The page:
Of Coupon Codes and Meaning in Life

Karl Marx believed history was shaped by an overarching dialectic—an enduring conflict between the bourgeoisie who owned the means of production and the proletariat who were stuck selling their labor to the capitalist class. I have my own overarching dialectic that I believe shapes family life, religious communities, municipalities, and even nation-states—an enduring conflict between our material and spiritual selves.

In the simplest terms, it’s a battle between our preoccupation with consumer goods that make our lives more convenient and comfortable versus prioritizing family, friends, those in need, and the ethical stewardship our finite natural resources.

My material self routinely gets the better of my spiritual self. I spend too much time shopping online and I recently I purchased an iPhone 6+ and a new car. But I suspect I’m different than a lot of consumers because I’m keenly aware of the battle that rages inside me. I also live well below my means and know my phone and car, as nice as they are, can’t hold a candle to the joy and meaning my wife, family, friends, students, and writing provide.

How ironic that this time of year is marked by numerous sacred religious traditions and we’re more susceptible than ever to mindless materialism. Consumerism trumps contemplation. This manifests itself in many ways, stampeding store customers have to be the most jarring (the increased popularity of online shopping appears to be dampening that phenomenon).

This weekend in Seattle, The Gap and a few other stores were having a “50% off everything in the store” sale. Which got me thinking about a grand experiment in which all of downtown Seattle businesses had simultaneous “100% off everything in the store” sales. Their motto might be, “This stuff was really ill-conceived and is poorly made, ugly, and of no real use, so please, please take it off our hands.” Tens of thousands would jump in their cars and speed downtown, park haphazardly, and run towards the stores with eyes ablaze.

Free man, free! Nevermind that they’d have no real need for the stuff falling out of their overfilled shopping carts. Free man! Nevermind that they wouldn’t have enough room in their dresser drawers, closets, or garages for the stuff. Free! Nevermind that the stuff wouldn’t fill those empty spaces in their lives created by superficial or strained relationships with others.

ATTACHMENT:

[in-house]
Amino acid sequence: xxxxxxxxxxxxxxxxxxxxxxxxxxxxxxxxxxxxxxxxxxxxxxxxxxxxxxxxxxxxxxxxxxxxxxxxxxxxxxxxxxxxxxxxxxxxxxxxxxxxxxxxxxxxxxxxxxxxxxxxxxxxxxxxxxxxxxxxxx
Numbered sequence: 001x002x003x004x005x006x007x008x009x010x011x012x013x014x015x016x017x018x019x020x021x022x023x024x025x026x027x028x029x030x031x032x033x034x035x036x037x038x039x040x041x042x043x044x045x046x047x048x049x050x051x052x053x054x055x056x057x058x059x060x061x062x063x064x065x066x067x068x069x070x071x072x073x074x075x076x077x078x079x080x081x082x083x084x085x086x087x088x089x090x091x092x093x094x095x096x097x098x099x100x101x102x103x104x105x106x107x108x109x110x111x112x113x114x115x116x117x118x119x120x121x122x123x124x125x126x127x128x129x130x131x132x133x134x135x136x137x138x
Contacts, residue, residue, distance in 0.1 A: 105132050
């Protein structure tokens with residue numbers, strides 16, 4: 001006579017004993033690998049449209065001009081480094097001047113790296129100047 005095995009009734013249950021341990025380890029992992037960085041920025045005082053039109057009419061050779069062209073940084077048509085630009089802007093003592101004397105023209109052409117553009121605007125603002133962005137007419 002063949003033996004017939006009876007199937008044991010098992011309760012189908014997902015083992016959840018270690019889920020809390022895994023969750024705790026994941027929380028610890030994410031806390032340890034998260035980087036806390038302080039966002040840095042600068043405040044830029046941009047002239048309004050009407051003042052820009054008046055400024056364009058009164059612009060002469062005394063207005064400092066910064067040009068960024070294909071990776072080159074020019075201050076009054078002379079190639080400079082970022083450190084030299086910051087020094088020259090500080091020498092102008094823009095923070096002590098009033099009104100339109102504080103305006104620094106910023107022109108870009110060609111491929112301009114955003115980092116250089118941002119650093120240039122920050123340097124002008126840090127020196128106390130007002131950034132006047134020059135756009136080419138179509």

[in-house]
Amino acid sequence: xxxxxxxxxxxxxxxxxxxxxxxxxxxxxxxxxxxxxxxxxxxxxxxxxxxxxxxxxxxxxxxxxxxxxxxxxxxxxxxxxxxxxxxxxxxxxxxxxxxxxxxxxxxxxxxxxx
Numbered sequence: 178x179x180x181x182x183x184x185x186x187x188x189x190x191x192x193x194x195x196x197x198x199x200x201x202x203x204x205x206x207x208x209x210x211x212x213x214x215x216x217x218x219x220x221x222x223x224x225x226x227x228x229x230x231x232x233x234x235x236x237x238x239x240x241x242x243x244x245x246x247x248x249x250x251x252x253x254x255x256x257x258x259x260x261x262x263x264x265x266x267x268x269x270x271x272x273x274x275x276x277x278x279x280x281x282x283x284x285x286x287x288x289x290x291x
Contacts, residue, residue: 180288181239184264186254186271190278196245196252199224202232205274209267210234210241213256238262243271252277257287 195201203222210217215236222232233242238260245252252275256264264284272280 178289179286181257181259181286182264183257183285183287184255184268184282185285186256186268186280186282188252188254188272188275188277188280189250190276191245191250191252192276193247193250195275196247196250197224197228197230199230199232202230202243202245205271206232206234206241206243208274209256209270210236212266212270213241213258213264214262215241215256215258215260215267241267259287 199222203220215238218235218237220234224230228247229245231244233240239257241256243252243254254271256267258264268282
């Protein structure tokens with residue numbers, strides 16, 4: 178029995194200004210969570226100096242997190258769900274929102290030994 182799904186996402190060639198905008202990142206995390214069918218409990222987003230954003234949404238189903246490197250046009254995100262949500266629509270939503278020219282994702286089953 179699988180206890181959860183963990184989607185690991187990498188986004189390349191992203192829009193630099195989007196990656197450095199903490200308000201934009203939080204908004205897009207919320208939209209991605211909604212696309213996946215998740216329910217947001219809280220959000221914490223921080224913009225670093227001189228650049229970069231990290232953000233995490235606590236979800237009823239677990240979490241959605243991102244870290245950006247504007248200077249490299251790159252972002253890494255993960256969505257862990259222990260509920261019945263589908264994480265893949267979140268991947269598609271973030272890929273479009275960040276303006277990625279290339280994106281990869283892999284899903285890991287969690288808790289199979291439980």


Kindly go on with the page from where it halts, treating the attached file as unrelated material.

My spiritual self has convinced my material self to sit out the mania this December. Join me. Help me tilt the balance from the material to the spiritual.

Life After Work

As is often the case, I’m confused. One day last week Ron Lieber, a Times blogger, summarized research from The Journal of Consumer Research that finds older people often draw as much happiness from ordinary experiences—like a library visit or an afternoon spent gardening—as they do from extraordinary ones. Then, on the same day, with stories of extended trips to exotic locations, the Times David Wallis’s published a contradictory article titled, “Increasingly, Retirees Dump Their Possessions and Hit the Road”.

Wallis writes that between 1993 and 2012, the percentage of retirees traveling abroad rose to 13 percent from 9.7 percent and about 360,000 Americans received Social Security benefits at foreign addresses in 2013, about 48 percent more than 10 years earlier. Wallis illustrates this trend through examples of people like Lynne Martin, 73, a retired publicist and the author of “Home Sweet Anywhere: How We Sold Our House, Created a New Life, and Saw the World”:

Three years ago, Martin and her husband sold their three-bedroom house in Paso Robles, Calif., gave away most of their possessions, found a home for their Jack Russell terrier, Sparky, and now live in short-term vacation rentals they usually find through HomeAway.com. The Martins have not tapped their savings during their travels, alternating visits to expensive cities like London with more reasonable destinations like Lisbon. “We simply traded the money we were spending for overhead on a house and garden in California for a life in much smaller but comfortable HomeAway rentals in more interesting places,” Ms. Martin said by email from Paris.

Another couple in the late 60s sold their house, bought a Recreational Vehicle, and started volunteering full time for two nonprofits. So far, they’ve repaired damaged homes in 28 different states.

One of the older vagabonds, or Wallis’s term is better, itinerant baby boomers (IBB), said, “I used to dream about all the places I would go as soon as I was old enough to get away. But then. . . life happened.” That’s probably the key variable, whether older people have pent-up wanderlust.

Wallis explains that many IBB’s are traveling on the cheap, volunteering for nonprofits and organic farms in exchange for room and board or finding free places to stay through Couchsurfing.org which puts its membership of people 50 and older at about 250,000. Given the manner in which most retirees are traveling, maybe the two pieces aren’t completely antithetical after all.

The common thread is that retirees are choosing experiences over material possessions. Listen carefully everyone under 50 and you’ll hear the collective, “Ah shit, why did we accumulate all this crap?!” Personal finance researchers tell us one-third of seniors have nothing saved for retirement. It’s a good thing ordinary experiences prove so fulfilling in later life.